indicated

site.
of

no

submarine

There

the

identity

was

early

an

part

of

through
wrecks

early

research.

within

theory

American

U.S.

hundreds

that

of

perhaps

involvement

in

Navy

records

miles

in

of

the

World

the

frenzy
War

II,

perhaps a sub had been sunk without the attacker's knowledge.
In

those

days,

available,
resembled

often
a

what

few

depth

Navy

and

charged

submarine. After

the

Coast

anything
war

was

Guard
that
over,

vessels
even
more

were

slightly
than

one

Civil Air Patrol crew for example had admitted to bombing whales
mistaken

for

U-Boats.

The third dive proved more fruitful. Divers Chatterton,

Steve Gato, and Dan Crowell each brought up relics that proved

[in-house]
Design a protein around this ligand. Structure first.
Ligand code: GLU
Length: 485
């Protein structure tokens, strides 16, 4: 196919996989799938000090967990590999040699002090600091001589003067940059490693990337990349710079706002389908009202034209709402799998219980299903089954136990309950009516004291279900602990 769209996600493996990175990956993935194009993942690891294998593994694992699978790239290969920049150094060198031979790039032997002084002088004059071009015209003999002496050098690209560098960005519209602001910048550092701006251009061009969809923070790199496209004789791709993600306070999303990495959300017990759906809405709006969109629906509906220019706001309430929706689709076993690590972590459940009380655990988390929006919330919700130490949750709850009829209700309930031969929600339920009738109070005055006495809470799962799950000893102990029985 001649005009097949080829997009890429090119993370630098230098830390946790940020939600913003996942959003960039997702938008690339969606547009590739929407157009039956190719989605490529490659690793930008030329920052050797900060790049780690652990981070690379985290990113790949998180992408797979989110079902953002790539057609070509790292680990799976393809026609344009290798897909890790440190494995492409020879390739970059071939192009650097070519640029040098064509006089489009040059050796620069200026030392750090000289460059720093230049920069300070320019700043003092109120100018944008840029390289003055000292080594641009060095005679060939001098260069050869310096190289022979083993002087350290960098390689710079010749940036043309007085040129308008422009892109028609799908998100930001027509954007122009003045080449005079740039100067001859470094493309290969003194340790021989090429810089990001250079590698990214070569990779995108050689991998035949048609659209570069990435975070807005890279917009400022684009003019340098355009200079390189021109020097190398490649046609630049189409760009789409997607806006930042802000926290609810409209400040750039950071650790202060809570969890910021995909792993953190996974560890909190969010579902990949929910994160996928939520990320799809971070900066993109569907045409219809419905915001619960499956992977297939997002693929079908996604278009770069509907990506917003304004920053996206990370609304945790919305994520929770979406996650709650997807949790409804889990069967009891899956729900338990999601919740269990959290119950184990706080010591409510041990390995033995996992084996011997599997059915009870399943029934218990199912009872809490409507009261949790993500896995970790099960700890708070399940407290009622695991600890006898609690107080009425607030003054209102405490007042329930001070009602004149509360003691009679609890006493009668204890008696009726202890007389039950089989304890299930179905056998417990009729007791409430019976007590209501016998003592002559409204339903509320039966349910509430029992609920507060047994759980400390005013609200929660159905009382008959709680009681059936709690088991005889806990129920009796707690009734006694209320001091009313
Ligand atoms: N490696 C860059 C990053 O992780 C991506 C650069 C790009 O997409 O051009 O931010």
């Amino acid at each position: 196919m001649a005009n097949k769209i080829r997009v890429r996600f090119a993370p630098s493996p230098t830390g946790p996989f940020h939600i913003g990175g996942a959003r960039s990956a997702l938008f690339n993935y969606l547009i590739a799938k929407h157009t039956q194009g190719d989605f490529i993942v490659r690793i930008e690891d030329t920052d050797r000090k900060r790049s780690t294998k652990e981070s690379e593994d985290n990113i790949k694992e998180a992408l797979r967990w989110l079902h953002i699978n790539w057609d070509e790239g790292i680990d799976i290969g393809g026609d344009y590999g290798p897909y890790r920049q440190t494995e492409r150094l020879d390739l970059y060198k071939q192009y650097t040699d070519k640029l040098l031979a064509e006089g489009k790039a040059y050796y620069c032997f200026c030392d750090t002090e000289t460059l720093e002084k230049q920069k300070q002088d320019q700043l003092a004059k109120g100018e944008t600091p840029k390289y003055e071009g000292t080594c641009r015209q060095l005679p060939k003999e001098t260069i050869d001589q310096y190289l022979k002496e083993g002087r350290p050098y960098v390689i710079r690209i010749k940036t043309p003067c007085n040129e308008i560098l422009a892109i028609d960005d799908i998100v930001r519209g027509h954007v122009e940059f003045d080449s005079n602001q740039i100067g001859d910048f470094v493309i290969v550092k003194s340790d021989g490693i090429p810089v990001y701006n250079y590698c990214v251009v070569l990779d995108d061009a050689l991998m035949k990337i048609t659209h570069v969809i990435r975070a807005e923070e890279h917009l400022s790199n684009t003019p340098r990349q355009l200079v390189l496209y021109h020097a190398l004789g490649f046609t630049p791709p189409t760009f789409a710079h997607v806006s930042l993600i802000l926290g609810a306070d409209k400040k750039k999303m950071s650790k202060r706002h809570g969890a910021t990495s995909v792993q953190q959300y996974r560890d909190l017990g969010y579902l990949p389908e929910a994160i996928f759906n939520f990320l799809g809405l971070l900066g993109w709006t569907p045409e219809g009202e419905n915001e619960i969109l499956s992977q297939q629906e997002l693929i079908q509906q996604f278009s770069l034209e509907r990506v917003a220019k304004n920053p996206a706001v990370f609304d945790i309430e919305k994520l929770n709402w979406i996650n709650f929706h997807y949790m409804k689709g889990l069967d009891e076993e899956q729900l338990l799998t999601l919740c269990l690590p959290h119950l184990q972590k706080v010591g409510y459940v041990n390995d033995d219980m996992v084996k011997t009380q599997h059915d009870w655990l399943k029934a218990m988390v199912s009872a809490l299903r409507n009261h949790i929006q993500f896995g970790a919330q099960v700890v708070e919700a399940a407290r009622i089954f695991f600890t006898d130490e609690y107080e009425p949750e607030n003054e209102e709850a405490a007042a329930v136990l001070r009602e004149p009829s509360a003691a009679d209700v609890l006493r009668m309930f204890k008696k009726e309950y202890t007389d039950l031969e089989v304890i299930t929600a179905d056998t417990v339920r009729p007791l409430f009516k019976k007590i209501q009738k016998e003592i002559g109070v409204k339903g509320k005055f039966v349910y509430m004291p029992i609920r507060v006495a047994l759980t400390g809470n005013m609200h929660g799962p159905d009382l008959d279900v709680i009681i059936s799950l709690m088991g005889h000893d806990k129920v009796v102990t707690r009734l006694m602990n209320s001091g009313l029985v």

the sub's origin and age. Among those items recovered was a
gun
on

sight,
the

and

backs

several

of

the

dishes

bowls

and

and

bowls.

dishes

Dates

ranging

from

were
193

stamped

6

to

1942.

In addition, the later dated ones also displayed the Nazi eagle
and swastika. A swastika also ornamented the gun sight. There
was

no

doubt

burning

now;

question

unexplainable;

it

was

now

how

did

a

World
which

was;
it

War

U-Boat

get

II

German
was

U-Boat.

it?

Even

The
more

there?

On September 29, the U-Boat was photographed and video taped.
The photos and video were shown by Chatterton to Professor Henry
Keatts.

Keatts,

a

professor

at

Suffolk

Community

College,

and

co-author of the book, "Dive into History; U-Boats," was also
at a loss to explain it. From the tapes, he was able to provide